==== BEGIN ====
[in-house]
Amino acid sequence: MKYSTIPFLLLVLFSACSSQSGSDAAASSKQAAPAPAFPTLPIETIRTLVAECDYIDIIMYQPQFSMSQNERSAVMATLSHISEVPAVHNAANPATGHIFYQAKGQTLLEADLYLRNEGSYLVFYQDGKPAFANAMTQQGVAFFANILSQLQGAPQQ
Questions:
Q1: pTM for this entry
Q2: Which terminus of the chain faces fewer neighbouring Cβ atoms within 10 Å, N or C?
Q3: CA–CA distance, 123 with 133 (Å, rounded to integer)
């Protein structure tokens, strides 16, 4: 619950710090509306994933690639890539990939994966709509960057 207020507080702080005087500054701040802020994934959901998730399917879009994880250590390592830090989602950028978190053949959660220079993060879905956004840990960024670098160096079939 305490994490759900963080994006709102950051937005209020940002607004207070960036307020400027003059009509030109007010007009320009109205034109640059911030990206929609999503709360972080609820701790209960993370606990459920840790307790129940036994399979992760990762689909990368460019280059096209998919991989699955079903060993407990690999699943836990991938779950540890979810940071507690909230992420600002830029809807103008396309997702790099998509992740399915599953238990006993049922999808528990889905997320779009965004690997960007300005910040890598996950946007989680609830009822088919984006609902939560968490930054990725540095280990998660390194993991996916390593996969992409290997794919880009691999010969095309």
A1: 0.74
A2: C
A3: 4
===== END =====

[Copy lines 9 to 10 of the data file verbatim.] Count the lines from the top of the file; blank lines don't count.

A2: C
A3: 4